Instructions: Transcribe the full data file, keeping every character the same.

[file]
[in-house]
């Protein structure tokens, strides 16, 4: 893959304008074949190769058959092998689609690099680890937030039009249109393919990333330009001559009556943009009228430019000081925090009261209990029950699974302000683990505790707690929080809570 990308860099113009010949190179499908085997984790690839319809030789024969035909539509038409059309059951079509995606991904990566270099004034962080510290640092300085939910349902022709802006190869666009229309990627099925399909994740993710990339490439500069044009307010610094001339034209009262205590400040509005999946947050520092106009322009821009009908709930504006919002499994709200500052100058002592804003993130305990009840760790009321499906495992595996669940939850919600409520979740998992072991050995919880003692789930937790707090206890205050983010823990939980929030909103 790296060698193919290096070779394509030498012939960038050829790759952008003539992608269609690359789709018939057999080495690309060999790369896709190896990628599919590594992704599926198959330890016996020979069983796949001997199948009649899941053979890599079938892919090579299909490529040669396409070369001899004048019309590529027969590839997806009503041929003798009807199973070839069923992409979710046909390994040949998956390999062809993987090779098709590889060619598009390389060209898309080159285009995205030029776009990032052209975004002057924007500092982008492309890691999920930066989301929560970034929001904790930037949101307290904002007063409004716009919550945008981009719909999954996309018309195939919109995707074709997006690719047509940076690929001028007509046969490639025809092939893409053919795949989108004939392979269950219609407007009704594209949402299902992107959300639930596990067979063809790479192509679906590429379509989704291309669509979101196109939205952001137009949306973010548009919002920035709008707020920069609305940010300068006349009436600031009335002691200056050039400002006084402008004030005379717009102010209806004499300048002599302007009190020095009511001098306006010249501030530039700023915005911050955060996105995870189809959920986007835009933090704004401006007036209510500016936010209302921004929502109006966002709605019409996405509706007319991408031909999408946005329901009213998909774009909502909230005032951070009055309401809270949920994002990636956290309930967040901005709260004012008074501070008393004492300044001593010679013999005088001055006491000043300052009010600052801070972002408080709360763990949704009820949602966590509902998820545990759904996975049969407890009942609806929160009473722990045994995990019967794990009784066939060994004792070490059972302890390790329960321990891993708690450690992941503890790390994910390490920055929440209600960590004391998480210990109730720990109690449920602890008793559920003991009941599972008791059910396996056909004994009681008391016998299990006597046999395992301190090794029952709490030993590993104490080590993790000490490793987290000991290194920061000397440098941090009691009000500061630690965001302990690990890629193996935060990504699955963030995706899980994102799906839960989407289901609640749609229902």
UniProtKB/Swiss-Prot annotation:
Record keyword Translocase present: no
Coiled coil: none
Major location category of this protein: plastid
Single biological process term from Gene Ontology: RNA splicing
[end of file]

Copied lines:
[in-house]
């Protein structure tokens, strides 16, 4: 893959304008074949190769058959092998689609690099680890937030039009249109393919990333330009001559009556943009009228430019000081925090009261209990029950699974302000683990505790707690929080809570 990308860099113009010949190179499908085997984790690839319809030789024969035909539509038409059309059951079509995606991904990566270099004034962080510290640092300085939910349902022709802006190869666009229309990627099925399909994740993710990339490439500069044009307010610094001339034209009262205590400040509005999946947050520092106009322009821009009908709930504006919002499994709200500052100058002592804003993130305990009840760790009321499906495992595996669940939850919600409520979740998992072991050995919880003692789930937790707090206890205050983010823990939980929030909103 790296060698193919290096070779394509030498012939960038050829790759952008003539992608269609690359789709018939057999080495690309060999790369896709190896990628599919590594992704599926198959330890016996020979069983796949001997199948009649899941053979890599079938892919090579299909490529040669396409070369001899004048019309590529027969590839997806009503041929003798009807199973070839069923992409979710046909390994040949998956390999062809993987090779098709590889060619598009390389060209898309080159285009995205030029776009990032052209975004002057924007500092982008492309890691999920930066989301929560970034929001904790930037949101307290904002007063409004716009919550945008981009719909999954996309018309195939919109995707074709997006690719047509940076690929001028007509046969490639025809092939893409053919795949989108004939392979269950219609407007009704594209949402299902992107959300639930596990067979063809790479192509679906590429379509989704291309669509979101196109939205952001137009949306973010548009919002920035709008707020920069609305940010300068006349009436600031009335002691200056050039400002006084402008004030005379717009102010209806004499300048002599302007009190020095009511001098306006010249501030530039700023915005911050955060996105995870189809959920986007835009933090704004401006007036209510500016936010209302921004929502109006966002709605019409996405509706007319991408031909999408946005329901009213998909774009909502909230005032951070009055309401809270949920994002990636956290309930967040901005709260004012008074501070008393004492300044001593010679013999005088001055006491000043300052009010600052801070972002408080709360763990949704009820949602966590509902998820545990759904996975049969407890009942609806929160009473722990045994995990019967794990009784066939060994004792070490059972302890390790329960321990891993708690450690992941503890790390994910390490920055929440209600960590004391998480210990109730720990109690449920602890008793559920003991009941599972008791059910396996056909004994009681008391016998299990006597046999395992301190090794029952709490030993590993104490080590993790000490490793987290000991290194920061000397440098941090009691009000500061630690965001302990690990890629193996935060990504699955963030995706899980994102799906839960989407289901609640749609229902």
UniProtKB/Swiss-Prot annotation:
Record keyword Translocase present: no
Coiled coil: none
Major location category of this protein: plastid
Single biological process term from Gene Ontology: RNA splicing